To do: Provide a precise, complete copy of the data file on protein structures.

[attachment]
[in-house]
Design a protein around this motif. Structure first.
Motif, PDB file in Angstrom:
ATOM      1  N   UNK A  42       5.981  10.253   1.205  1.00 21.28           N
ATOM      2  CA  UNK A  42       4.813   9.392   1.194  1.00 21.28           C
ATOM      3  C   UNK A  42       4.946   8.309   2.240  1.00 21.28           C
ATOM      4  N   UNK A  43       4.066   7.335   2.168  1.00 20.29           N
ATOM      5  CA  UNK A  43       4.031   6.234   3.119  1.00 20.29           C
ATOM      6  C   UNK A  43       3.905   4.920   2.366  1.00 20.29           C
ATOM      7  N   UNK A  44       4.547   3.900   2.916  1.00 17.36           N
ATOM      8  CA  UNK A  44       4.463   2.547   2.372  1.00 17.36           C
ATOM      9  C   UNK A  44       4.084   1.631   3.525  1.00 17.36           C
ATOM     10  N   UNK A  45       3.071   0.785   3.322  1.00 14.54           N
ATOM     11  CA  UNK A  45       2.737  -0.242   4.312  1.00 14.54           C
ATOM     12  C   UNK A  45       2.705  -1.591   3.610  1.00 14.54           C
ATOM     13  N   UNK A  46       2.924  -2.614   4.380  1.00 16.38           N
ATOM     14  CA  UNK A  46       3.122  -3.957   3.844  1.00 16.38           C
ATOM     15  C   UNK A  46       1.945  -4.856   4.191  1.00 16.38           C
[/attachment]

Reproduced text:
[in-house]
Design a protein around this motif. Structure first.
Motif, PDB file in Angstrom:
ATOM      1  N   UNK A  42       5.981  10.253   1.205  1.00 21.28           N
ATOM      2  CA  UNK A  42       4.813   9.392   1.194  1.00 21.28           C
ATOM      3  C   UNK A  42       4.946   8.309   2.240  1.00 21.28           C
ATOM      4  N   UNK A  43       4.066   7.335   2.168  1.00 20.29           N
ATOM      5  CA  UNK A  43       4.031   6.234   3.119  1.00 20.29           C
ATOM      6  C   UNK A  43       3.905   4.920   2.366  1.00 20.29           C
ATOM      7  N   UNK A  44       4.547   3.900   2.916  1.00 17.36           N
ATOM      8  CA  UNK A  44       4.463   2.547   2.372  1.00 17.36           C
ATOM      9  C   UNK A  44       4.084   1.631   3.525  1.00 17.36           C
ATOM     10  N   UNK A  45       3.071   0.785   3.322  1.00 14.54           N
ATOM     11  CA  UNK A  45       2.737  -0.242   4.312  1.00 14.54           C
ATOM     12  C   UNK A  45       2.705  -1.591   3.610  1.00 14.54           C
ATOM     13  N   UNK A  46       2.924  -2.614   4.380  1.00 16.38           N
ATOM     14  CA  UNK A  46       3.122  -3.957   3.844  1.00 16.38           C
ATOM     15  C   UNK A  46       1.945  -4.856   4.191  1.00 16.38           C